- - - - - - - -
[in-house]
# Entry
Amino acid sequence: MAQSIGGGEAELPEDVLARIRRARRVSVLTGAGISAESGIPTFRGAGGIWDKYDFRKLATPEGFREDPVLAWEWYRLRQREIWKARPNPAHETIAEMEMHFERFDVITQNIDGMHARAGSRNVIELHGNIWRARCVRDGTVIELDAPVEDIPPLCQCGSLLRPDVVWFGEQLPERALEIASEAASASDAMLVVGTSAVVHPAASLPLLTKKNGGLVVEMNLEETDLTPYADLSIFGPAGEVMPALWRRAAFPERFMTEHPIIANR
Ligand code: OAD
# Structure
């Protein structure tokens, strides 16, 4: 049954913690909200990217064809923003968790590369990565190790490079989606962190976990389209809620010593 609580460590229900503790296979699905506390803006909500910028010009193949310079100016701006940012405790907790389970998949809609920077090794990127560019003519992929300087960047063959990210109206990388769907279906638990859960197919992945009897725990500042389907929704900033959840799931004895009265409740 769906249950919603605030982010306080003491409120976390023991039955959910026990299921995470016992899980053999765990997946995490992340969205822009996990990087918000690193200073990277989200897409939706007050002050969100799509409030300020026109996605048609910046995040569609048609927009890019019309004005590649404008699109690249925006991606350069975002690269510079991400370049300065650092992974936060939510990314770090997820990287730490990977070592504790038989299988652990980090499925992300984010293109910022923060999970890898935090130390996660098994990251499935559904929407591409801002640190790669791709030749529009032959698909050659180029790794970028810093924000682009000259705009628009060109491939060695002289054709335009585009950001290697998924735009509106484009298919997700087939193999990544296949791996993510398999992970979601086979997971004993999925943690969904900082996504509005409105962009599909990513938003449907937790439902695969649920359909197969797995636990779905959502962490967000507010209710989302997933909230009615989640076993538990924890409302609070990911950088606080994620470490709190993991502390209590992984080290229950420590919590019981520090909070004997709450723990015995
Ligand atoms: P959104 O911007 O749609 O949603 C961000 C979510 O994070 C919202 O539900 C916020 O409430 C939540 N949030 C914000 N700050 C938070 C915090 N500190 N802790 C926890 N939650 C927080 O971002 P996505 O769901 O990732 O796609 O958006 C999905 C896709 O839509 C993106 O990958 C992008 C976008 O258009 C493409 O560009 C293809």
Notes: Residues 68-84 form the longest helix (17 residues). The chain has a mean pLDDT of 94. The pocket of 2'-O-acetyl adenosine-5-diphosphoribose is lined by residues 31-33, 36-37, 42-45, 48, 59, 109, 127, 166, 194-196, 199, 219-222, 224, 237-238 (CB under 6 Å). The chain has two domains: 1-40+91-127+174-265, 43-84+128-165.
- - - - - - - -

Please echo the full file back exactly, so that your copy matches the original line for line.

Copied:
[in-house]
# Entry
Amino acid sequence: MAQSIGGGEAELPEDVLARIRRARRVSVLTGAGISAESGIPTFRGAGGIWDKYDFRKLATPEGFREDPVLAWEWYRLRQREIWKARPNPAHETIAEMEMHFERFDVITQNIDGMHARAGSRNVIELHGNIWRARCVRDGTVIELDAPVEDIPPLCQCGSLLRPDVVWFGEQLPERALEIASEAASASDAMLVVGTSAVVHPAASLPLLTKKNGGLVVEMNLEETDLTPYADLSIFGPAGEVMPALWRRAAFPERFMTEHPIIANR
Ligand code: OAD
# Structure
């Protein structure tokens, strides 16, 4: 049954913690909200990217064809923003968790590369990565190790490079989606962190976990389209809620010593 609580460590229900503790296979699905506390803006909500910028010009193949310079100016701006940012405790907790389970998949809609920077090794990127560019003519992929300087960047063959990210109206990388769907279906638990859960197919992945009897725990500042389907929704900033959840799931004895009265409740 769906249950919603605030982010306080003491409120976390023991039955959910026990299921995470016992899980053999765990997946995490992340969205822009996990990087918000690193200073990277989200897409939706007050002050969100799509409030300020026109996605048609910046995040569609048609927009890019019309004005590649404008699109690249925006991606350069975002690269510079991400370049300065650092992974936060939510990314770090997820990287730490990977070592504790038989299988652990980090499925992300984010293109910022923060999970890898935090130390996660098994990251499935559904929407591409801002640190790669791709030749529009032959698909050659180029790794970028810093924000682009000259705009628009060109491939060695002289054709335009585009950001290697998924735009509106484009298919997700087939193999990544296949791996993510398999992970979601086979997971004993999925943690969904900082996504509005409105962009599909990513938003449907937790439902695969649920359909197969797995636990779905959502962490967000507010209710989302997933909230009615989640076993538990924890409302609070990911950088606080994620470490709190993991502390209590992984080290229950420590919590019981520090909070004997709450723990015995
Ligand atoms: P959104 O911007 O749609 O949603 C961000 C979510 O994070 C919202 O539900 C916020 O409430 C939540 N949030 C914000 N700050 C938070 C915090 N500190 N802790 C926890 N939650 C927080 O971002 P996505 O769901 O990732 O796609 O958006 C999905 C896709 O839509 C993106 O990958 C992008 C976008 O258009 C493409 O560009 C293809």
Notes: Residues 68-84 form the longest helix (17 residues). The chain has a mean pLDDT of 94. The pocket of 2'-O-acetyl adenosine-5-diphosphoribose is lined by residues 31-33, 36-37, 42-45, 48, 59, 109, 127, 166, 194-196, 199, 219-222, 224, 237-238 (CB under 6 Å). The chain has two domains: 1-40+91-127+174-265, 43-84+128-165.